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Neatly-folded toxins

The Clostridium difficile bacterium is the culprit in many diseases of the bowel – now researchers have discovered how its toxins get into the body’s cells

Freiburg, Sep 27, 2018

Neatly-folded toxins

Photo: Kateryna Kon/Fotolia

Clostridium difficile can have devastating effects when the poisons it produces destroy the barrier function of intestinal mucosa. Researchers headed by the Freiburg pharmacologist Professor Dr. Dr. Klaus Aktories has found out exactly how the toxins enter cells and take effect there.

The Clostridium difficile germ spreads its spores. Some 20 percent of patients in hospitals are affected by it. Photo: Kateryna Kon/Fotolia

Diarrhea? Well - it’s unpleasant, but fortunately harmless. Not always, says Klaus Aktories. A researcher at the Institute of Experimental and Clinical Pharmacology and Toxicology, he cites the case of an elderly patient who is admitted to hospital with severe pneumonia - and has to take antibiotics. “But the antibiotics attack the microbiome in the gut, popularly known as the ‘good bacteria,” Aktories explains. “They destroy the bacteria - and then fail to keep another bacterium in check.”

Clostridium difficile is the name of this germ, which can spread by spores. Some 20 percent of patients in hospitals are affected by it. It is the bacterium which causes the diarrhoea which in some cases can even lead to a particular form of severe inflammation of the intestine. “There is a lot we can do to stop it,” says Aktories. In other cases there may be complications - with often fatal consequences. Up to 30,000 deaths per year are ascribed to Clostridium difficile annually in the United States alone.

Aggressive strains

“The problem is getting worse, because in the past 20 years, particularly aggressive versions of the germ have spread quickly,” Aktories warns, citing an article in the January 2018 edition of the medical journal “Ärzteblatt.”  The article’s author quotes a theory, supported by US studies, that the increased use of the industrially-produced disaccharide Trehalose promotes the spread of the aggressive Clostridium difficile germs. The devastating effect of Clostridium difficile is due to its toxins A and B. “They don’t always activate, we don’t know why,” Aktories says. But certainly “there can be no disease without the toxins. We’ve known that for a long time.”

We have also long known what the toxins do - “We worked out the molecular mechanism of these toxins back in the 1990s. It penetrates the cells, transfers sucrose onto a protein switch, rendering it inactive.” The mucosal surface loses its barrier function as a result. Aktories, his team, and his colleague from Würzburg, Professor Andreas Schlosser, have found out exactly how the toxins enter cells and take effect there.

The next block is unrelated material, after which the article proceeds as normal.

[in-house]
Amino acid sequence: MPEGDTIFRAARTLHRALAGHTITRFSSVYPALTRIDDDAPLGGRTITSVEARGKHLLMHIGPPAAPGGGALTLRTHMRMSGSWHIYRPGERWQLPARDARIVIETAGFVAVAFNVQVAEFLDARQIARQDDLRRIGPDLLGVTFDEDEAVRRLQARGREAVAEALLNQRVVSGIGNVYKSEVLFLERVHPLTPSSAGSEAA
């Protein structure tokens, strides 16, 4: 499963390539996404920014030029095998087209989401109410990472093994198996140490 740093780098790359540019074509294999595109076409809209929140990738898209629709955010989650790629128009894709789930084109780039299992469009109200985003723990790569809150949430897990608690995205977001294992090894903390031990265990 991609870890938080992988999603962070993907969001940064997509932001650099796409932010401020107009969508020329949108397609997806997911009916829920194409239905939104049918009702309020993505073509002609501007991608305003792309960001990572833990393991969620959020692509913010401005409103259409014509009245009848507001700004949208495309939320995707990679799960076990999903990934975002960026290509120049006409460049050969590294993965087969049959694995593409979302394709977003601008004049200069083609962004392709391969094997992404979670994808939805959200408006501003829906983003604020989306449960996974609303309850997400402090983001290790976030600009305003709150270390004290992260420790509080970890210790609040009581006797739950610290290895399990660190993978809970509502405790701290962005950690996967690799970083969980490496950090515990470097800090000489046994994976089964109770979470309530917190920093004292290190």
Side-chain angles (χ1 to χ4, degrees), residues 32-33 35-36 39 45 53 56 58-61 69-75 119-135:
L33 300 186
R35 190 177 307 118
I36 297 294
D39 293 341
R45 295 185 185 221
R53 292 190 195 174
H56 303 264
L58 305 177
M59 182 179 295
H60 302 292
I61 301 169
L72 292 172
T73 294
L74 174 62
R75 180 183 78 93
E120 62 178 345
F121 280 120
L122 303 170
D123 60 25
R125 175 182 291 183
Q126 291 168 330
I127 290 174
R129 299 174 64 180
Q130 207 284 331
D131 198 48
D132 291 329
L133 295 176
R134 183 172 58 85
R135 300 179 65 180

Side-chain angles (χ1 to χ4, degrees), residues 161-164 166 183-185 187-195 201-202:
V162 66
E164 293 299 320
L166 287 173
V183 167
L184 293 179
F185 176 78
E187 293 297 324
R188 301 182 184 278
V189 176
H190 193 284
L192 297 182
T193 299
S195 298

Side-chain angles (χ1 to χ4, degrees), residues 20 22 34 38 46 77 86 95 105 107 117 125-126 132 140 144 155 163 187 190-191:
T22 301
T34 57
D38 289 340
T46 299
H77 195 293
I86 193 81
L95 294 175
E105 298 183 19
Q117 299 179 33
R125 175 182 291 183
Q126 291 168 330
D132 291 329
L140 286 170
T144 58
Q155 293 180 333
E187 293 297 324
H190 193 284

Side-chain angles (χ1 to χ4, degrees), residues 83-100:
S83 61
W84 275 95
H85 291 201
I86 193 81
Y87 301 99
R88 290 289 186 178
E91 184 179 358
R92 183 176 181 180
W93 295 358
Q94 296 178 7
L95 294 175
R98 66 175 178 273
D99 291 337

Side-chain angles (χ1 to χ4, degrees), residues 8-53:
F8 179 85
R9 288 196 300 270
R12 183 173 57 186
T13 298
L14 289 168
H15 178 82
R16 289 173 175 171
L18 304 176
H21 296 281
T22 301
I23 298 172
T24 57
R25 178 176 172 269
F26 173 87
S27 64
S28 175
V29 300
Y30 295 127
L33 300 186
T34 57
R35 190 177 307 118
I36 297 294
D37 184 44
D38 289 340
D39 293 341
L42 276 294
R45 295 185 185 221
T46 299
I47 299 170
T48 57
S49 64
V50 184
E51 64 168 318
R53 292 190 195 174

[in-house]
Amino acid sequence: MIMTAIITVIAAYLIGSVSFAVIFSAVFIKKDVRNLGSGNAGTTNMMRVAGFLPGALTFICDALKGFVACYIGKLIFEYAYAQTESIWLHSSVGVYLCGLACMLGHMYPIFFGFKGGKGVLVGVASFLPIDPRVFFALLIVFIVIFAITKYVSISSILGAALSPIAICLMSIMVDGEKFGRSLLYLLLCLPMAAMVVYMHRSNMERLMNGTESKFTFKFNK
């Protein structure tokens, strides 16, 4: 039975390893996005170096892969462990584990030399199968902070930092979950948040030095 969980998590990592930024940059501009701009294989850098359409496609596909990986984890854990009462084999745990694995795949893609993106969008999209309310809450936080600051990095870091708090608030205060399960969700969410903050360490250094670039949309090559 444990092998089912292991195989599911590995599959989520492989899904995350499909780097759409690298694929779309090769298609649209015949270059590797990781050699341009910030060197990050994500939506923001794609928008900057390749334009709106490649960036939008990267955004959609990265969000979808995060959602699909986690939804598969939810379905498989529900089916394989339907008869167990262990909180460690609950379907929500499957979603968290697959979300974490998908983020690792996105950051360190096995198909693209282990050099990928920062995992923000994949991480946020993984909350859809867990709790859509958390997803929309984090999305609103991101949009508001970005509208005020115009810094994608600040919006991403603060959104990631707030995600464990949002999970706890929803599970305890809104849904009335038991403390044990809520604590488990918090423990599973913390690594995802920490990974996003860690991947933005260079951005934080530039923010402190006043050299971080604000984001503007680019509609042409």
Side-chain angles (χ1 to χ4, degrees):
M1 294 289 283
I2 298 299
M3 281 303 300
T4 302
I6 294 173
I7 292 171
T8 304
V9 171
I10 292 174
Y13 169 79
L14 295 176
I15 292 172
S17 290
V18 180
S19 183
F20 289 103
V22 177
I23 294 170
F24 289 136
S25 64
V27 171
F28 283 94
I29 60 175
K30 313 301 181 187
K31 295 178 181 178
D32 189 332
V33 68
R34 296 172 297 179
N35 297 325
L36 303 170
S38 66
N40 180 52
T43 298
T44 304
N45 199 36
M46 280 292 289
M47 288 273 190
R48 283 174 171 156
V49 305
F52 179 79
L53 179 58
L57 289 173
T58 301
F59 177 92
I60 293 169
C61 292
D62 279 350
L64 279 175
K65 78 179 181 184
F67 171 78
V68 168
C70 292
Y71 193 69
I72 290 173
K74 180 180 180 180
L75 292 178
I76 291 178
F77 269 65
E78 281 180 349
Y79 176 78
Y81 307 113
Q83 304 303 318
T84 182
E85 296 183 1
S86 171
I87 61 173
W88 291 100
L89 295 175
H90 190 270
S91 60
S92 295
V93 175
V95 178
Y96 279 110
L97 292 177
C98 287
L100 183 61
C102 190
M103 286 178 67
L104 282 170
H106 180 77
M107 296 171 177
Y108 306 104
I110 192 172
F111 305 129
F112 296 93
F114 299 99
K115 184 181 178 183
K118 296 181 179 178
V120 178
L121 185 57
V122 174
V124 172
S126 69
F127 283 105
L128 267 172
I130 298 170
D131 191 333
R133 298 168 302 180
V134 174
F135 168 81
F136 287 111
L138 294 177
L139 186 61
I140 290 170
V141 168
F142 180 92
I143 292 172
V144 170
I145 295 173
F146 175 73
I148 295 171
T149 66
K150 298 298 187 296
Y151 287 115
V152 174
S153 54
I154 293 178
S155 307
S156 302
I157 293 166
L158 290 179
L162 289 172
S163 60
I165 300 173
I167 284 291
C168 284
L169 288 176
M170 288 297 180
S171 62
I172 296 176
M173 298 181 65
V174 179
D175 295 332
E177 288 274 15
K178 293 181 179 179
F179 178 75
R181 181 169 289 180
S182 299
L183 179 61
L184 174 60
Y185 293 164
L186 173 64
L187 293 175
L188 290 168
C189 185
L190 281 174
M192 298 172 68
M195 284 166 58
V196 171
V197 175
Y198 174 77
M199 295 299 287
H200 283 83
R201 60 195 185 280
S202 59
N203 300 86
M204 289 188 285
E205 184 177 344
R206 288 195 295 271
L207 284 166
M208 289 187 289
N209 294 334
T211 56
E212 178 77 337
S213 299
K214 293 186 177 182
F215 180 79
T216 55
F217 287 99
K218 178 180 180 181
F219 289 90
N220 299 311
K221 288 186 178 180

Case study: An elderly patient is admitted to hospital with severe pneumonia; the doctor prescribes him an antibiotic – that kills off the good bacteria in his bowel and creates ideal conditions for Clostridium difficile to establish itself. Photo: Gorodenkoff/Fotolia

Absorption of the toxins depends on a complex protein called TRiC/CCT. TRiC/CCT is what’s called a chaperonin, which serves other proteins - including protein switches. It helps them to “fold” proteins - ensuring they can function properly. “TRiC/CCT reacts with the toxins produced by Clostridium difficile,” Aktories explains. Once the toxin has entered the cell, there is interaction between the toxin and the chaperonin, giving the toxin the right shape and enabling it to become active.

On to the next steps

The researchers’ findings do not automatically mean that they have found a way of switching off the poison created by Clostridium difficile. The toxic effects do stop when the chaperonin is blocked. “But that is not yet possible in treatment; the function of TRiC/CCT is too complex and it is vital to the cell,” Aktories adds. Yet the findings make the first steps possible: “We now know much more about how cells take in the toxin-producing proteins - and how they are folded.”

It took one and a half years to get this far. Do the champagne corks start popping when researchers make a breakthrough like this? “Not really until the report about it has been publicly accepted,” Aktories laughs. That has now happened. The study has been published in the respected journal, Proceedings of the National Academy of Sciences. Aktories is especially happy “that we were able to finish this together.” He is retiring at the end of September 2018.

Mathias Heybrock

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